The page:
*) in manual mode, I slide the iso to 200 where my camera setting is at, I then slide to M on the flash. Camera in M mode, the shutter is at 160 since the next one is 200 which is > sync of 180. I shot tests at all manual settings on the flash via the slider one click at a time, at a constant aperture of 2.8. I would get fairly consistent lessor exposure as I cut down power on flash, but, all the sudden it would do full power. I can't seem to reproduce this with consistence. Am I doing this wrong? Leaving in the same setting on flash does not cure this. I took it off camera and just use the test button to fire after each manual setting, it is also not consistent. What do you guys think?

For both above, could the cheapy ricoh shoe cause this to happen?
I have the feeling the flash is bad. The Ricoh module has nothing to do with the inconsistency of the flash. Currently I'm using a Sunpak 555, a 36DX, and a Ringlight 8DX, all sharing interchangeably 4 different modules: Pentax, Nikon, Olympus, and Ricoh. None displays the problem you describe.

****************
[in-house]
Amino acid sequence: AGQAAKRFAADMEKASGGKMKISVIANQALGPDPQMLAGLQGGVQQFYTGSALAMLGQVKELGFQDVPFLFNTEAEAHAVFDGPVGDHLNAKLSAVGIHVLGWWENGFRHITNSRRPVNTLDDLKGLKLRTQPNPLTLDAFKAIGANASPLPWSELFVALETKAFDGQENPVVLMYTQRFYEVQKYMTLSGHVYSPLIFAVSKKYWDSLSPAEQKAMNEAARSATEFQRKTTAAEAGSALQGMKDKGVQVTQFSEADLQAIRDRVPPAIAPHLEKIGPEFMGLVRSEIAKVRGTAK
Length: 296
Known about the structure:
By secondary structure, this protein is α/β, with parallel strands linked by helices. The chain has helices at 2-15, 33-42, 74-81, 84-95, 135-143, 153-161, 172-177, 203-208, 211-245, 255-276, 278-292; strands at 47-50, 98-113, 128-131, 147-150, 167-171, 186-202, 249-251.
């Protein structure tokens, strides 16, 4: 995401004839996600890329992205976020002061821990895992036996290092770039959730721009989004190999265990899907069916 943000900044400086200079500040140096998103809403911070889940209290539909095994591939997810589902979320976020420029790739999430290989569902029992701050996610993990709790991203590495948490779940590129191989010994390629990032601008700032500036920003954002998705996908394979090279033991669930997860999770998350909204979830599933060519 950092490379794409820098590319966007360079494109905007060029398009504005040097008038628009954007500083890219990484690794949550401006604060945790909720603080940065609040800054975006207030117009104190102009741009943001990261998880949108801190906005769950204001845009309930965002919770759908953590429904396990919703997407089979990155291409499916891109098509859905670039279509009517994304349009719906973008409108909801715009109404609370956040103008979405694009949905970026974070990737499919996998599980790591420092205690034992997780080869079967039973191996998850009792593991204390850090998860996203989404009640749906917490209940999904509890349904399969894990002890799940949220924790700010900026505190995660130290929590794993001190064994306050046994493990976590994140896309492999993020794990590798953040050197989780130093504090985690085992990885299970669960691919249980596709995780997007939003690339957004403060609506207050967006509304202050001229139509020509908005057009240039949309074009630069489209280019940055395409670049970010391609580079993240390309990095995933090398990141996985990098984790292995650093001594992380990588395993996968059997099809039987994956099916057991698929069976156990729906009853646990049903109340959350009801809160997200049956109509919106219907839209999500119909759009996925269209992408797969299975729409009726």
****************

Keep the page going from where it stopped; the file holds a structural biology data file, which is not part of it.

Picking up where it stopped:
I also have a few flash units that fire at full power, at first intermittently and overtime always: 2 Sunpak 522s, a Vivitar 283, a Vivitar 5600. At some point in time I bought a used Sunpak B 3600 DX from B&H that behaved just like yours. I returned it promptly.

Have you try using the flash in auto mode? Set the flash in auto mode, match the ISO setting and the aperture setting on the flash and on the camera. You should have good exposure. If not, see if you can return the flash.

12-31-2009, 08:30 AM   #35
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Thanks!

There are 3 A modes on the flash. At base ISO of 200 for k-x. I get

red@11 1.6 - 15 ft
yellow@5.6 3.3 - 30 ft
green@2.8 6.6 - 60 ft